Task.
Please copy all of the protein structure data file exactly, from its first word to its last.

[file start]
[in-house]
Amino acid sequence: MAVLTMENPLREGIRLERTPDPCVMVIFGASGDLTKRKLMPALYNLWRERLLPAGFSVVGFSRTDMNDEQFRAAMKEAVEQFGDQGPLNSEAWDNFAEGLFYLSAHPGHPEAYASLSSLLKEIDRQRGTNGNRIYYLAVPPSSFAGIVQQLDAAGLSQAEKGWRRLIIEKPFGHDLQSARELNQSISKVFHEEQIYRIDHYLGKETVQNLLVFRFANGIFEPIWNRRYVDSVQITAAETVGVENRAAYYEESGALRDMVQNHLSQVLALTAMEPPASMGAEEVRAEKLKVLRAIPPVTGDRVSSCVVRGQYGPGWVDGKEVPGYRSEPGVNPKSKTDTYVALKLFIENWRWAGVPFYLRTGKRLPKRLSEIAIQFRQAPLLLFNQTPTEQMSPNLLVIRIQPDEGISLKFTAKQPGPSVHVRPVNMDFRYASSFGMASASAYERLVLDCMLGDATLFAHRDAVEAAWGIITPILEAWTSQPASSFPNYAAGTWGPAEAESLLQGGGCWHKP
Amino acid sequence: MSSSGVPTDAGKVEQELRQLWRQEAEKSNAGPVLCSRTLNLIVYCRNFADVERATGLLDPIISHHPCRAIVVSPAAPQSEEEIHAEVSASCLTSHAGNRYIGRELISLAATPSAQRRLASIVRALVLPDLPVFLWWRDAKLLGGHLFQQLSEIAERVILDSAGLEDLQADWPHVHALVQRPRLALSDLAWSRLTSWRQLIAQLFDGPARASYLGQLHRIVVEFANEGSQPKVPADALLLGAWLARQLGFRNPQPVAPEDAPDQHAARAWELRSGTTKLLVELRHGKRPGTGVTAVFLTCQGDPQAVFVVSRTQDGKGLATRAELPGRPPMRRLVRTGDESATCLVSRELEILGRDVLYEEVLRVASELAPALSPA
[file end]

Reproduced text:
[in-house]
Amino acid sequence: MAVLTMENPLREGIRLERTPDPCVMVIFGASGDLTKRKLMPALYNLWRERLLPAGFSVVGFSRTDMNDEQFRAAMKEAVEQFGDQGPLNSEAWDNFAEGLFYLSAHPGHPEAYASLSSLLKEIDRQRGTNGNRIYYLAVPPSSFAGIVQQLDAAGLSQAEKGWRRLIIEKPFGHDLQSARELNQSISKVFHEEQIYRIDHYLGKETVQNLLVFRFANGIFEPIWNRRYVDSVQITAAETVGVENRAAYYEESGALRDMVQNHLSQVLALTAMEPPASMGAEEVRAEKLKVLRAIPPVTGDRVSSCVVRGQYGPGWVDGKEVPGYRSEPGVNPKSKTDTYVALKLFIENWRWAGVPFYLRTGKRLPKRLSEIAIQFRQAPLLLFNQTPTEQMSPNLLVIRIQPDEGISLKFTAKQPGPSVHVRPVNMDFRYASSFGMASASAYERLVLDCMLGDATLFAHRDAVEAAWGIITPILEAWTSQPASSFPNYAAGTWGPAEAESLLQGGGCWHKP
Amino acid sequence: MSSSGVPTDAGKVEQELRQLWRQEAEKSNAGPVLCSRTLNLIVYCRNFADVERATGLLDPIISHHPCRAIVVSPAAPQSEEEIHAEVSASCLTSHAGNRYIGRELISLAATPSAQRRLASIVRALVLPDLPVFLWWRDAKLLGGHLFQQLSEIAERVILDSAGLEDLQADWPHVHALVQRPRLALSDLAWSRLTSWRQLIAQLFDGPARASYLGQLHRIVVEFANEGSQPKVPADALLLGAWLARQLGFRNPQPVAPEDAPDQHAARAWELRSGTTKLLVELRHGKRPGTGVTAVFLTCQGDPQAVFVVSRTQDGKGLATRAELPGRPPMRRLVRTGDESATCLVSRELEILGRDVLYEEVLRVASELAPALSPA